After a slow start to the weekend, it looked as if Ferrari were out of the running for the front row until late in Q3, when both drivers hooked laps up out of nowhere.
Carlos Sainz joined Leclerc on the front row in what serves as a welcome boost for the Scuderia – but they are acutely aware that their race pace may not be up to the standard of Red Bull which could see them struggle in the heat during the grand prix.
Leclerc will have the toughest job of all headed down to turn one, with plenty of opportunity for his rivals to slipstream ahead of him.
“We surprised ourselves with the final result,” he told Sky Sport Italia. “This time, even later than usual. Like when you start being fast during Q1, you can hope and imagine you will be fast in Q3.
“This time, we were slow until Q2, so we did a great job at the end. I wasn’t expecting us to be this fast in the last few laps.
"Now, it was good to have a positive Saturday, but we need to focus on tomorrow and the race. We know Red Bull always has a surprise on Sunday, so we need to wait and see.”
Leclerc battling unwanted record
As well having the pace of Red Bull and the world champion Max Verstappen to contend with, Leclerc is also battling some unwanted statistics.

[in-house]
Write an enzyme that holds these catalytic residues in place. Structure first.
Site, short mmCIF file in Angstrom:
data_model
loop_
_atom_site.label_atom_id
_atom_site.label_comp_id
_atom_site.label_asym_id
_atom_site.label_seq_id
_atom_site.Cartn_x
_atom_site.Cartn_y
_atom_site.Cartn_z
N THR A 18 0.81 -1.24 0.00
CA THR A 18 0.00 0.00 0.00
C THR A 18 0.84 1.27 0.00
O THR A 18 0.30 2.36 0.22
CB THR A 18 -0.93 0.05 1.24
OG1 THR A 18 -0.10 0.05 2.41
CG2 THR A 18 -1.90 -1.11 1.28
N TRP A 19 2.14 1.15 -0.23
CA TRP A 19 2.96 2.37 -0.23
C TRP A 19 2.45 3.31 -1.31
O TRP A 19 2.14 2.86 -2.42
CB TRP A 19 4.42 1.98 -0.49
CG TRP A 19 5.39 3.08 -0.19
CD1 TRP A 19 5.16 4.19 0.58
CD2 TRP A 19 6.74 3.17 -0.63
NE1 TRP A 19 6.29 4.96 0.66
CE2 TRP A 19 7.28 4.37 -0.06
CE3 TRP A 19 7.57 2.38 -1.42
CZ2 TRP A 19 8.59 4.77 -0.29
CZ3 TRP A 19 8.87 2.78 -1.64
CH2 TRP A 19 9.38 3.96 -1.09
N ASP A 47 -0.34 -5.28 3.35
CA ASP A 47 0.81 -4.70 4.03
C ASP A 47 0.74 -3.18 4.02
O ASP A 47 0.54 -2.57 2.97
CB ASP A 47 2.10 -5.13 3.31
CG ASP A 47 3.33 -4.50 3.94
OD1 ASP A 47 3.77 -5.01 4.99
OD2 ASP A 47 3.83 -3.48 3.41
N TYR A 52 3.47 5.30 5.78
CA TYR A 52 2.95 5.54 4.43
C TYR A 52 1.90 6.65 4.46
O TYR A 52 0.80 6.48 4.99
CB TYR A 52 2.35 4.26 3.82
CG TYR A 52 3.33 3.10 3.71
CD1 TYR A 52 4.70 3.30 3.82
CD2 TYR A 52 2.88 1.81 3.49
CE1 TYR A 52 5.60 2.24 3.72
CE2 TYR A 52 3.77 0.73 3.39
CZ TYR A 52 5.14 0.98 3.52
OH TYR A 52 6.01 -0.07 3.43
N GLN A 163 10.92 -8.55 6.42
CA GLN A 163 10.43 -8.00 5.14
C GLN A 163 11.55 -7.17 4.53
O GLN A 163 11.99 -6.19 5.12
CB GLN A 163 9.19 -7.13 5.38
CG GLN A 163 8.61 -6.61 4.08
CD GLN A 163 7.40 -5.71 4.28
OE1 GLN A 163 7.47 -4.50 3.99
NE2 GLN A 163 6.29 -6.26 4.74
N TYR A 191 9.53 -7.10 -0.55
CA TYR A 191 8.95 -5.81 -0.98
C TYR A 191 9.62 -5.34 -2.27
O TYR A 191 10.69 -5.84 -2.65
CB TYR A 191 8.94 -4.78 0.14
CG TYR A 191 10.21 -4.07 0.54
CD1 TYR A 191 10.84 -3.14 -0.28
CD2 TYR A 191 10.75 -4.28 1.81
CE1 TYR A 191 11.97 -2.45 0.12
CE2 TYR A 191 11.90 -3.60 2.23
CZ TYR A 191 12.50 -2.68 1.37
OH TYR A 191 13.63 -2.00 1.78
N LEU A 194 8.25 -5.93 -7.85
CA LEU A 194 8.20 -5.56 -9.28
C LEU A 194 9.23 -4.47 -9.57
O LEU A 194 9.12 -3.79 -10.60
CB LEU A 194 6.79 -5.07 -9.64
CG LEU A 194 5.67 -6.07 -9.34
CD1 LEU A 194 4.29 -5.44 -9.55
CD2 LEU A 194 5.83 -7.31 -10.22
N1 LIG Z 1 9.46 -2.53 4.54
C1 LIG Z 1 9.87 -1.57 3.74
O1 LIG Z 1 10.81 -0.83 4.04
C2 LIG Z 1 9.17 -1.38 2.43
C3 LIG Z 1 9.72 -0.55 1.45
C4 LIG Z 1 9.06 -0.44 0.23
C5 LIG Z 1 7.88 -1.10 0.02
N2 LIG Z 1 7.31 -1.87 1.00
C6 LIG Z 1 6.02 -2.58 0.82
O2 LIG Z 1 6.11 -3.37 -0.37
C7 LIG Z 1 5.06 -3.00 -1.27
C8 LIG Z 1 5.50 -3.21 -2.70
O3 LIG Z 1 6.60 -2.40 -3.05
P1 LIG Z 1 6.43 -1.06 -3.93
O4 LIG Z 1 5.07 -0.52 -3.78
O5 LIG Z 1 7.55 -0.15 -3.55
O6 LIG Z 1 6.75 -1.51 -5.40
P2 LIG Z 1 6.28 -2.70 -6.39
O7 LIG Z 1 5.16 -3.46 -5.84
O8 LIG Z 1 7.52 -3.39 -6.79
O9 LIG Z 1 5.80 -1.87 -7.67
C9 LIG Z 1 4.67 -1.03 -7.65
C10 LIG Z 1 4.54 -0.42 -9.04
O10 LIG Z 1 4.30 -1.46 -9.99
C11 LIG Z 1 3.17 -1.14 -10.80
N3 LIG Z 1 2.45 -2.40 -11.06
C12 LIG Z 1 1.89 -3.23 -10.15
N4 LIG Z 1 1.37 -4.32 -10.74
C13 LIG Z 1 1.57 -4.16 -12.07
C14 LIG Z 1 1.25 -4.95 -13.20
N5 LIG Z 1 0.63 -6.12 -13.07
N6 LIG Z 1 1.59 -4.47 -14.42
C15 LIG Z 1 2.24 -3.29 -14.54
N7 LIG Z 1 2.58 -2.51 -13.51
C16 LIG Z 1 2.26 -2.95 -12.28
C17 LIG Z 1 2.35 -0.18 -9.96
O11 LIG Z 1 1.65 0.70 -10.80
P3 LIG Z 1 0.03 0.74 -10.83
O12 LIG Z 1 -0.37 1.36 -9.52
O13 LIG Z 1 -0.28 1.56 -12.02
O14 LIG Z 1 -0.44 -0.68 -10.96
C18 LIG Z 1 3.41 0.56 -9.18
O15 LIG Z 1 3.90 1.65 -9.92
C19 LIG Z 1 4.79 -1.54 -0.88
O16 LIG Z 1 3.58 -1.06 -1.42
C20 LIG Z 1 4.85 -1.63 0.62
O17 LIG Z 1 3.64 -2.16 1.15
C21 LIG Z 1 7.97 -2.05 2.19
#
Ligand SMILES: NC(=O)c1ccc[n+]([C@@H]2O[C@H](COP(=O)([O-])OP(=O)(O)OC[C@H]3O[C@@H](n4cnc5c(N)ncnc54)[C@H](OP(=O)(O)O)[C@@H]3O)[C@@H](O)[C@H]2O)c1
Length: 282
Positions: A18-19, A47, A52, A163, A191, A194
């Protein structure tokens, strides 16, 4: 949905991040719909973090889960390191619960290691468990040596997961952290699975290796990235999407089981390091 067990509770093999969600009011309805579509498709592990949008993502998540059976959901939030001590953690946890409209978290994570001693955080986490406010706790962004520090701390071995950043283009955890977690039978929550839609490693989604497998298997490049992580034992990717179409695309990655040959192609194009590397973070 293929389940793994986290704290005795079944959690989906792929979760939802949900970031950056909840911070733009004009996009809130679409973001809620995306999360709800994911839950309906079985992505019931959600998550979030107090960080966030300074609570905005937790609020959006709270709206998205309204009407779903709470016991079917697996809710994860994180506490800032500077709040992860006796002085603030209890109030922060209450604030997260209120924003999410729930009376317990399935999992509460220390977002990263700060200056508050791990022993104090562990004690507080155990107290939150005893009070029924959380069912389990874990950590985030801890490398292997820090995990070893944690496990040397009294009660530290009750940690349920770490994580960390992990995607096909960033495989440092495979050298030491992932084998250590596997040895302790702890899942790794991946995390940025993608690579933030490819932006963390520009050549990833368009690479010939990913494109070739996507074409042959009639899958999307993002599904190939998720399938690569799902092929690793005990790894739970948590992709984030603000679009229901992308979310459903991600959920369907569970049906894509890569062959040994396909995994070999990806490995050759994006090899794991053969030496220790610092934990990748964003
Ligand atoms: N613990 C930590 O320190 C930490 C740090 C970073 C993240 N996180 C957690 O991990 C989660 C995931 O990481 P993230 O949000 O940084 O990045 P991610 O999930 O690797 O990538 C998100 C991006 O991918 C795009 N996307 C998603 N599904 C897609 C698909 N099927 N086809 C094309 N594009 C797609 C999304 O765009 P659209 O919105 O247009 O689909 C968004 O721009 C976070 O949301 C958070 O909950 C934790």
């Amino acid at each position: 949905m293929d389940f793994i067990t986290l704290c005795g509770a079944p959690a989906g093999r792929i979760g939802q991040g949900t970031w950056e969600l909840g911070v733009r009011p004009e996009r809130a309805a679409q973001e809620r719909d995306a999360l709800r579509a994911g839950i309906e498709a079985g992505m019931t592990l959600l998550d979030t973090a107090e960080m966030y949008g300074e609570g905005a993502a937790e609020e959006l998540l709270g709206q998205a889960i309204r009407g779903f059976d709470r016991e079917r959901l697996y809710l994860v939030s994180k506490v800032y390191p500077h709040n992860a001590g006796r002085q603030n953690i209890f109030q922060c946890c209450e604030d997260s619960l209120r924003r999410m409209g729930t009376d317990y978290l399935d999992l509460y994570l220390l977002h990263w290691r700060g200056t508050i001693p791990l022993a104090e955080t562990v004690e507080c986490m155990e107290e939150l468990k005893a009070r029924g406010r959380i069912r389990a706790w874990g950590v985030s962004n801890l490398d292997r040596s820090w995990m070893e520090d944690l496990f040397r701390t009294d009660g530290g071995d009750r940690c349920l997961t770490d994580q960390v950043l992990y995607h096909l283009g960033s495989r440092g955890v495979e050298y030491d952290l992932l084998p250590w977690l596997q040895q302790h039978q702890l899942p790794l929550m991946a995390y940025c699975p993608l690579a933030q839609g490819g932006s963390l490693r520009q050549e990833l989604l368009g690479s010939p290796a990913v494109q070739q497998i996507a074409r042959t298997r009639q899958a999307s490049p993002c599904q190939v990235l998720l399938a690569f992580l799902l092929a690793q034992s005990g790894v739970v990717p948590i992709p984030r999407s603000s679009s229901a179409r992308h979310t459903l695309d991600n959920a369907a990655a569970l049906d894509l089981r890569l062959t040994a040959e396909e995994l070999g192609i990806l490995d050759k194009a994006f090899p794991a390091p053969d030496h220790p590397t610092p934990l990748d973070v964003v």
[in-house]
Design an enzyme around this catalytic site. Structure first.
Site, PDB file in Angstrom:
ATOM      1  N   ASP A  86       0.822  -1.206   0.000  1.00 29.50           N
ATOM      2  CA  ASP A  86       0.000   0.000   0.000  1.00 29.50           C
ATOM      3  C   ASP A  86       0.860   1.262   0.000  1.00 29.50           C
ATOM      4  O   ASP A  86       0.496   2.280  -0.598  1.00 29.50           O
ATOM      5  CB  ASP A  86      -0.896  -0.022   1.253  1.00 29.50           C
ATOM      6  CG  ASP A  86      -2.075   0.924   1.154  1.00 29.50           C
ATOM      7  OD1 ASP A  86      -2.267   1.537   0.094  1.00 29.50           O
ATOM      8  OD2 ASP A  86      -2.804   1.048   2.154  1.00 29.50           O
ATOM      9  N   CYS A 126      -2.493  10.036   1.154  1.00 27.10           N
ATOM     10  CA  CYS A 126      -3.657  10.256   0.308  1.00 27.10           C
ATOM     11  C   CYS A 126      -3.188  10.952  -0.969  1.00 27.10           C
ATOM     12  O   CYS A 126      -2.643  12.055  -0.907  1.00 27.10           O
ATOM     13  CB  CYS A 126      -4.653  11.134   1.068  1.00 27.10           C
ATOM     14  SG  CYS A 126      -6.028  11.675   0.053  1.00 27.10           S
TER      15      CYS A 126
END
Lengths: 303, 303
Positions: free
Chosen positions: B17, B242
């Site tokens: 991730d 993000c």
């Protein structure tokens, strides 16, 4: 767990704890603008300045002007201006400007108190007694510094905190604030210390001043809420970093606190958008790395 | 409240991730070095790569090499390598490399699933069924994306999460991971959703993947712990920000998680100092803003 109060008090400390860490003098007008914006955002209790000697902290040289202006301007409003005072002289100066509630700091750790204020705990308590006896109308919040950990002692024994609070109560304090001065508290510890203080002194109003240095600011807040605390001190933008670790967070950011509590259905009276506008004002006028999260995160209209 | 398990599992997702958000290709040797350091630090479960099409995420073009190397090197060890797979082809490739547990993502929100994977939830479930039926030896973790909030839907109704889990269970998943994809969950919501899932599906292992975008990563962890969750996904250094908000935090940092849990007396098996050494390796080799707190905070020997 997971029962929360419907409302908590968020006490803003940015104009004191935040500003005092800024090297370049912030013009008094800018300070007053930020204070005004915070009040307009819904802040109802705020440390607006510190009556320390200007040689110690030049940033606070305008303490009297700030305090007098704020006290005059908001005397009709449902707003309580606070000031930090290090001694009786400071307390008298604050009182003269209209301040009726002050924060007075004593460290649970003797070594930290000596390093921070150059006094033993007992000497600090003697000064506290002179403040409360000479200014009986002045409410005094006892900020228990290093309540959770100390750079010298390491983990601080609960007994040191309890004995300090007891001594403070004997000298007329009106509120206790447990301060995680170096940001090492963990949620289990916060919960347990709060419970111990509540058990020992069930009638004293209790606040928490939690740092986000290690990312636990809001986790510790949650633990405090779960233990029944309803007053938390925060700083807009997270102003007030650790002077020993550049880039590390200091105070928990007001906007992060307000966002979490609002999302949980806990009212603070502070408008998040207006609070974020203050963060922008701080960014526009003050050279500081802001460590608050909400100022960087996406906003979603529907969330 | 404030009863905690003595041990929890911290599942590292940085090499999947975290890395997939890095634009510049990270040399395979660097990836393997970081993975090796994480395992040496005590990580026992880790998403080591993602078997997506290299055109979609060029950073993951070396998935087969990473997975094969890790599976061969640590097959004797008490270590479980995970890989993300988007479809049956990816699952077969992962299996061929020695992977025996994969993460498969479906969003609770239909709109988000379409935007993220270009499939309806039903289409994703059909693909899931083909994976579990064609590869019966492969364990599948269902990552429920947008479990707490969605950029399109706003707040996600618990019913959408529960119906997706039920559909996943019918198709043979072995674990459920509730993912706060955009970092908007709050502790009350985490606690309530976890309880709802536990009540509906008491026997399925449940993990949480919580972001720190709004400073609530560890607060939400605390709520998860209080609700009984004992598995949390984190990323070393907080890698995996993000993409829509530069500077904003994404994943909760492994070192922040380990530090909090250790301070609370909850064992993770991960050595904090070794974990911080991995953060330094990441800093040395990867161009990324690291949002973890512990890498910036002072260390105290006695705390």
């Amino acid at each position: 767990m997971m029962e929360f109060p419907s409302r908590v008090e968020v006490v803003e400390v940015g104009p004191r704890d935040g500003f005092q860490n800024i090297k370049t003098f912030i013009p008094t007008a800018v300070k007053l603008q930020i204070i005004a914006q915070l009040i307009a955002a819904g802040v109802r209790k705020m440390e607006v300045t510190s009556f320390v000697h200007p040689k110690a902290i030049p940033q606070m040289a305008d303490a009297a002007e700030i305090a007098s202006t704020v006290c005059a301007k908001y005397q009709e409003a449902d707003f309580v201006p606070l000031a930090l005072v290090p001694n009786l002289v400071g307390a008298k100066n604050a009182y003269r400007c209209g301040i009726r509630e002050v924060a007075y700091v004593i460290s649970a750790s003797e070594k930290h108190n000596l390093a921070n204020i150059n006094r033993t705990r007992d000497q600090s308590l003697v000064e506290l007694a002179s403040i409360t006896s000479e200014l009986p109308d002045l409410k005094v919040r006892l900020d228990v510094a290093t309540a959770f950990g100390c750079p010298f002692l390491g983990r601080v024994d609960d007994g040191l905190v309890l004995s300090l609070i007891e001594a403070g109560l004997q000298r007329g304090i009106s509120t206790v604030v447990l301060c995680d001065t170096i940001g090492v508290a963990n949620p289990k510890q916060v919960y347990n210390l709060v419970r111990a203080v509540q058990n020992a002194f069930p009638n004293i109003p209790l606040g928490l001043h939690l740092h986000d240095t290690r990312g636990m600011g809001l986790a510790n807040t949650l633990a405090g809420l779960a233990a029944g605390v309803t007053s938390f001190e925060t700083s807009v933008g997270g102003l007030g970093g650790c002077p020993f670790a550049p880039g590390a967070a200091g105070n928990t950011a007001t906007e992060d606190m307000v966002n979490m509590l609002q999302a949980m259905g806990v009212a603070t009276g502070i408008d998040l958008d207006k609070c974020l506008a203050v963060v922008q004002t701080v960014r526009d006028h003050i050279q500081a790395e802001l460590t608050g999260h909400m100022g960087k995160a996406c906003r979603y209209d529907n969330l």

Ahead of his 22nd start in pole position, Leclerc has only converted four of the previous 21 into victories – with last week's disqualification from the United States Grand Prix meaning that the Monegasque has now in fact either failed to finish or been disqualified more times (5) than he's won from starting in P1.
It's a trend he's acutely aware of heading into Sunday's race.
“I’m not celebrating pole that much anymore because it’s on the Sunday that it counts and we need to put everything together," he told Sky Sports. “Having said that, we will go through the exact same preparation.
“Last weekend, yes it didn’t go our way and we did mistakes as a team but that doesn’t mean it’s like this all the time. I’m sure we’ll get it right tomorrow, just focus on ourself and hopefully we’ll have a great race.
“Yes it would be great, especially in this second part of the season, it’s been quite frustrating because since Japan really, I felt comfortable with the car I don’t feel like on the Sunday we maximised our points so I hope tomorrow is the day.”
The high altitude and conditions of Mexico could play into Ferrari’s favour, with Red Bull’s engine advantage reduced and further cooling sacrifices required to keep cars within operating windows.
Should Verstappen struggle to match his usual pace during the race, Ferrari will be first in line to pounce on any opportunity to win their second race of the season.
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